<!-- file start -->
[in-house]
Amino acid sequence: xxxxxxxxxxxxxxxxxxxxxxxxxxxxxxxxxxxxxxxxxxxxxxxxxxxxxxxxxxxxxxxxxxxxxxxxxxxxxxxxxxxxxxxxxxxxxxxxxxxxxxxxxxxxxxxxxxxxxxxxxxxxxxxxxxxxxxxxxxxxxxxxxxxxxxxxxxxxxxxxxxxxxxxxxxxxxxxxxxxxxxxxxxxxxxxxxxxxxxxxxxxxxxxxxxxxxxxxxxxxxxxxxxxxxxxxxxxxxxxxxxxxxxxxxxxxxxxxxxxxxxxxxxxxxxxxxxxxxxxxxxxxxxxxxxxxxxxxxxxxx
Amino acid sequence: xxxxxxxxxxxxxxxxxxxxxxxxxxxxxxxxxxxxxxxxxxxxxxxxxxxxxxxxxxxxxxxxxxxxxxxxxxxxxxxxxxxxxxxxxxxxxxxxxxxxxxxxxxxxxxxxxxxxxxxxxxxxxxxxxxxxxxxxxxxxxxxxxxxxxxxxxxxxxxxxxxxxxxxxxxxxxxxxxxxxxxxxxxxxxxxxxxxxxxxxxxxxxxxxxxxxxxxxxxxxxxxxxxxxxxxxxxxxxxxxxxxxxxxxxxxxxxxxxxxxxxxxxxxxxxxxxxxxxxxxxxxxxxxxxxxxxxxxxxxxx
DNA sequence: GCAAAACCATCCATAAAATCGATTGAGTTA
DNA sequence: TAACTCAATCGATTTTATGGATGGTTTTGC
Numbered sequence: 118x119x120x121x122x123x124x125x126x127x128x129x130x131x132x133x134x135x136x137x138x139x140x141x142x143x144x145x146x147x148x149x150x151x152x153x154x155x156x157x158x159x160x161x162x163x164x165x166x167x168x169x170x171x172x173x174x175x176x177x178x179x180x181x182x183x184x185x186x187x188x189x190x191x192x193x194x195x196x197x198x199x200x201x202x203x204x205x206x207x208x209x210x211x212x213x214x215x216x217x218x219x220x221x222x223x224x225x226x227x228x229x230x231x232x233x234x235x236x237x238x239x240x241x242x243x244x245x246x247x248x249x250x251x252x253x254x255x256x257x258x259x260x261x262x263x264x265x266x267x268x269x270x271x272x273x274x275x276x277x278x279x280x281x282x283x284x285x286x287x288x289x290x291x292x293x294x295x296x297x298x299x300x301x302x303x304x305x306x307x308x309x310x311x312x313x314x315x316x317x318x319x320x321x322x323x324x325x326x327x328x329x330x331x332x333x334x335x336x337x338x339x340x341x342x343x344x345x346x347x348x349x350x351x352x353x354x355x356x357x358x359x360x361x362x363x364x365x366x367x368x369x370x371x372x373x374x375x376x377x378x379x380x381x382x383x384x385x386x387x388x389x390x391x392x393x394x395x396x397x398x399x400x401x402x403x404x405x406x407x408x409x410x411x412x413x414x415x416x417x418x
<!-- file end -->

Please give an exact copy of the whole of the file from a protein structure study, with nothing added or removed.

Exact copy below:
[in-house]
Amino acid sequence: xxxxxxxxxxxxxxxxxxxxxxxxxxxxxxxxxxxxxxxxxxxxxxxxxxxxxxxxxxxxxxxxxxxxxxxxxxxxxxxxxxxxxxxxxxxxxxxxxxxxxxxxxxxxxxxxxxxxxxxxxxxxxxxxxxxxxxxxxxxxxxxxxxxxxxxxxxxxxxxxxxxxxxxxxxxxxxxxxxxxxxxxxxxxxxxxxxxxxxxxxxxxxxxxxxxxxxxxxxxxxxxxxxxxxxxxxxxxxxxxxxxxxxxxxxxxxxxxxxxxxxxxxxxxxxxxxxxxxxxxxxxxxxxxxxxxxxxxxxxxx
Amino acid sequence: xxxxxxxxxxxxxxxxxxxxxxxxxxxxxxxxxxxxxxxxxxxxxxxxxxxxxxxxxxxxxxxxxxxxxxxxxxxxxxxxxxxxxxxxxxxxxxxxxxxxxxxxxxxxxxxxxxxxxxxxxxxxxxxxxxxxxxxxxxxxxxxxxxxxxxxxxxxxxxxxxxxxxxxxxxxxxxxxxxxxxxxxxxxxxxxxxxxxxxxxxxxxxxxxxxxxxxxxxxxxxxxxxxxxxxxxxxxxxxxxxxxxxxxxxxxxxxxxxxxxxxxxxxxxxxxxxxxxxxxxxxxxxxxxxxxxxxxxxxxxx
DNA sequence: GCAAAACCATCCATAAAATCGATTGAGTTA
DNA sequence: TAACTCAATCGATTTTATGGATGGTTTTGC
Numbered sequence: 118x119x120x121x122x123x124x125x126x127x128x129x130x131x132x133x134x135x136x137x138x139x140x141x142x143x144x145x146x147x148x149x150x151x152x153x154x155x156x157x158x159x160x161x162x163x164x165x166x167x168x169x170x171x172x173x174x175x176x177x178x179x180x181x182x183x184x185x186x187x188x189x190x191x192x193x194x195x196x197x198x199x200x201x202x203x204x205x206x207x208x209x210x211x212x213x214x215x216x217x218x219x220x221x222x223x224x225x226x227x228x229x230x231x232x233x234x235x236x237x238x239x240x241x242x243x244x245x246x247x248x249x250x251x252x253x254x255x256x257x258x259x260x261x262x263x264x265x266x267x268x269x270x271x272x273x274x275x276x277x278x279x280x281x282x283x284x285x286x287x288x289x290x291x292x293x294x295x296x297x298x299x300x301x302x303x304x305x306x307x308x309x310x311x312x313x314x315x316x317x318x319x320x321x322x323x324x325x326x327x328x329x330x331x332x333x334x335x336x337x338x339x340x341x342x343x344x345x346x347x348x349x350x351x352x353x354x355x356x357x358x359x360x361x362x363x364x365x366x367x368x369x370x371x372x373x374x375x376x377x378x379x380x381x382x383x384x385x386x387x388x389x390x391x392x393x394x395x396x397x398x399x400x401x402x403x404x405x406x407x408x409x410x411x412x413x414x415x416x417x418x